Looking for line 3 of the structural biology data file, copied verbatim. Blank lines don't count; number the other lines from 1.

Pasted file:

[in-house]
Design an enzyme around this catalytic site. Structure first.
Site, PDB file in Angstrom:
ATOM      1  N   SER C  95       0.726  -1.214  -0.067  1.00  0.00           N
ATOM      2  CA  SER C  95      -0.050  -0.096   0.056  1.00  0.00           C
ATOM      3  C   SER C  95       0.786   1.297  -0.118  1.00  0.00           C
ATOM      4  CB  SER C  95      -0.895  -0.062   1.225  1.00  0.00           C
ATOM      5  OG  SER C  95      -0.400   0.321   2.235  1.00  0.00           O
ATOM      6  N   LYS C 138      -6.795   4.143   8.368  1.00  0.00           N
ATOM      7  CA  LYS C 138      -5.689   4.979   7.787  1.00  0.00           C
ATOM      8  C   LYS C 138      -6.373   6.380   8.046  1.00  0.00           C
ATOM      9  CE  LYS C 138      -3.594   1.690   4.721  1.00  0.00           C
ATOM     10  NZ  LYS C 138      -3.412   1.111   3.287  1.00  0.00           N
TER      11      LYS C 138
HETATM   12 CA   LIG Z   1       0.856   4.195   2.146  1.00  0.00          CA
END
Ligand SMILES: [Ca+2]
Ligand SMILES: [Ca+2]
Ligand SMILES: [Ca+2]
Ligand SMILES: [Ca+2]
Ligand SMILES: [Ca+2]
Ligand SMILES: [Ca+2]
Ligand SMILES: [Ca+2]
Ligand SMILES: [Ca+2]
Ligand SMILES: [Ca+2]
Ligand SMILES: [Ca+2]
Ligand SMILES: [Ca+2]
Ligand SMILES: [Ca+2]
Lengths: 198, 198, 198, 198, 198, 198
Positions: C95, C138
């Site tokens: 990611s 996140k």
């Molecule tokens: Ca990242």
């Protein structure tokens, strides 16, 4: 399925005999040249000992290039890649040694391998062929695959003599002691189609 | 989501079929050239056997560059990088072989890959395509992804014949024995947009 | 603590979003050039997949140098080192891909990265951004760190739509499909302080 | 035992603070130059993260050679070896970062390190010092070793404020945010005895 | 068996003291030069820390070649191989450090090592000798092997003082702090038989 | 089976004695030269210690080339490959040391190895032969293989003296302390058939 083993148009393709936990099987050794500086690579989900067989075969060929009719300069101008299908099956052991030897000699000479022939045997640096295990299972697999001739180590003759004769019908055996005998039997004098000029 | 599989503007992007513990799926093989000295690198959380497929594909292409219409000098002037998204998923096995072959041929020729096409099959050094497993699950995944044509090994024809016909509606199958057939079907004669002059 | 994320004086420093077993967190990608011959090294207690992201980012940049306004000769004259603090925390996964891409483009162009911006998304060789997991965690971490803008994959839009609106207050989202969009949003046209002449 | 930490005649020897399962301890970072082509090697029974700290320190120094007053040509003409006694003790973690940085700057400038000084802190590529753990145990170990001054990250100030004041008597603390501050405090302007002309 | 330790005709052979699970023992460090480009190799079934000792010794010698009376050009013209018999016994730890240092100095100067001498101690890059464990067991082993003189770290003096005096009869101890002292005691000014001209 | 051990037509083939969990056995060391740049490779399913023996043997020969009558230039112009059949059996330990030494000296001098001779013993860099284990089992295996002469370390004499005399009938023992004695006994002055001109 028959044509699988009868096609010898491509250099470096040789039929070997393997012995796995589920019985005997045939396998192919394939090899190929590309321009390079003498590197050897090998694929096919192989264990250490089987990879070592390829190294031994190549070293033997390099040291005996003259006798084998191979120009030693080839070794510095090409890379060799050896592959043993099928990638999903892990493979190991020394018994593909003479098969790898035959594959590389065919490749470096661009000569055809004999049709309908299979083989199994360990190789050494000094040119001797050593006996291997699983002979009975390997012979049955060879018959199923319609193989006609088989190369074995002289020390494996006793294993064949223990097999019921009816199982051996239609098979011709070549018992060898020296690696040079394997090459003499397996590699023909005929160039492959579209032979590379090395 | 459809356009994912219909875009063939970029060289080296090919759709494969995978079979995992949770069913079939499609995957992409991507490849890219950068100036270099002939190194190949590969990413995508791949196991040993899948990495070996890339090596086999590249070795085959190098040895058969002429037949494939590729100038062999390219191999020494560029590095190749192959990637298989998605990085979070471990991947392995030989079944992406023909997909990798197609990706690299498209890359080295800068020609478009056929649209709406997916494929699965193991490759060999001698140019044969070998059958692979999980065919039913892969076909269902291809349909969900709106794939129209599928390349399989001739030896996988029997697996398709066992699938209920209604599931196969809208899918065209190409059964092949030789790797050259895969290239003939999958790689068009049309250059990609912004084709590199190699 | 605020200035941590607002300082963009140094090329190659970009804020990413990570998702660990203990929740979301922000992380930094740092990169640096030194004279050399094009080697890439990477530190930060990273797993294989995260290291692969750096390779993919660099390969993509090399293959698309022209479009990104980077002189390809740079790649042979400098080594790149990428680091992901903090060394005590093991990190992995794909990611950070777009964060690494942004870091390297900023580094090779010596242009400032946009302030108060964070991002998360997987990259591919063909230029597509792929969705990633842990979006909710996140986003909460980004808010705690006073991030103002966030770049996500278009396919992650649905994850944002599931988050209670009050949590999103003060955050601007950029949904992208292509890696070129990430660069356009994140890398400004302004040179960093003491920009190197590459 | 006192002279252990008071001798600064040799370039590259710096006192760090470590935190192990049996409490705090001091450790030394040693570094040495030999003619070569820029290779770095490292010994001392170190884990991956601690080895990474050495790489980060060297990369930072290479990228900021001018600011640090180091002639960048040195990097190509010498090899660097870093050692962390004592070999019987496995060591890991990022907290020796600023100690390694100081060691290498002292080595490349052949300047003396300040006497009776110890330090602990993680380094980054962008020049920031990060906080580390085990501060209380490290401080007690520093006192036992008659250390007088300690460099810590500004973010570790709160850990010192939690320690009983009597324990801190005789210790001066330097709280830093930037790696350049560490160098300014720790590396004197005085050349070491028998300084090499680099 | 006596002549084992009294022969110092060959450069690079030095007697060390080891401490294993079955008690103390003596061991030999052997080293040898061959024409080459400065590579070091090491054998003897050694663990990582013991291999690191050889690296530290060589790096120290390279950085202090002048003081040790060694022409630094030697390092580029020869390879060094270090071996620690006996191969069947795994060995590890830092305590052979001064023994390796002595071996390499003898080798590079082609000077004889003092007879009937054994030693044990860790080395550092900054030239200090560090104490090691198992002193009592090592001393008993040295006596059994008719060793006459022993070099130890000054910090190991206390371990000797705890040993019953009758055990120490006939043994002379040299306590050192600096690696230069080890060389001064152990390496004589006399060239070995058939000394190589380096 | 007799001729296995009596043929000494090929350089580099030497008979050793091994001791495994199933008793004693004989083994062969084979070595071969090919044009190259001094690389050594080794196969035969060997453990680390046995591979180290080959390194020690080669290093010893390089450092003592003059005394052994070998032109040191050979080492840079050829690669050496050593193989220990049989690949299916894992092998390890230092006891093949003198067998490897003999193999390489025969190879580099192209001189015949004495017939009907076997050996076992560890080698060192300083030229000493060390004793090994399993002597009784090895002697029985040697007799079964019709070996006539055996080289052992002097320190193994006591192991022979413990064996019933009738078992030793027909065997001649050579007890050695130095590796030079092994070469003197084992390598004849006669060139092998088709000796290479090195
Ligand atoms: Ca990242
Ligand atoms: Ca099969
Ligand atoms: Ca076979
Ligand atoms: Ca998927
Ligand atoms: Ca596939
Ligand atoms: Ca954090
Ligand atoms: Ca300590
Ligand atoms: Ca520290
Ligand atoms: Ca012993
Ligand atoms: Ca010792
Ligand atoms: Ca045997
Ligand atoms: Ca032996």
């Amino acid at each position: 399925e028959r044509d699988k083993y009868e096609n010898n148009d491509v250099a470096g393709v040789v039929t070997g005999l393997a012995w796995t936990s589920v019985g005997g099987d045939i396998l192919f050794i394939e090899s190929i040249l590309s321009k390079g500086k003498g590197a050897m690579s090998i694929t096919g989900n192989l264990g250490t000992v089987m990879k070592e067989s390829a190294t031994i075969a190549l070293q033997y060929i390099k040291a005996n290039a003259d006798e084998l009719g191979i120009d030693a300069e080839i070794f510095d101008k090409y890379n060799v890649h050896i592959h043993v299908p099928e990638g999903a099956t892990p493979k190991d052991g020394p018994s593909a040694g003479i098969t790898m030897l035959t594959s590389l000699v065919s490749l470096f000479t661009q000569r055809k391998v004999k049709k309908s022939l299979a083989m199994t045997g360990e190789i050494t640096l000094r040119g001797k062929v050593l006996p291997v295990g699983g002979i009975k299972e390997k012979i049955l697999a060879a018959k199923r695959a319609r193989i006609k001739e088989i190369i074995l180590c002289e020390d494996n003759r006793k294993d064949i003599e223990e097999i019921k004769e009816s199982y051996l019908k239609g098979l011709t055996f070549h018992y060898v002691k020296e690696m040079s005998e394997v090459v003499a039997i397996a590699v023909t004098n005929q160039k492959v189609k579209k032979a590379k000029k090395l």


Site, PDB file in Angstrom: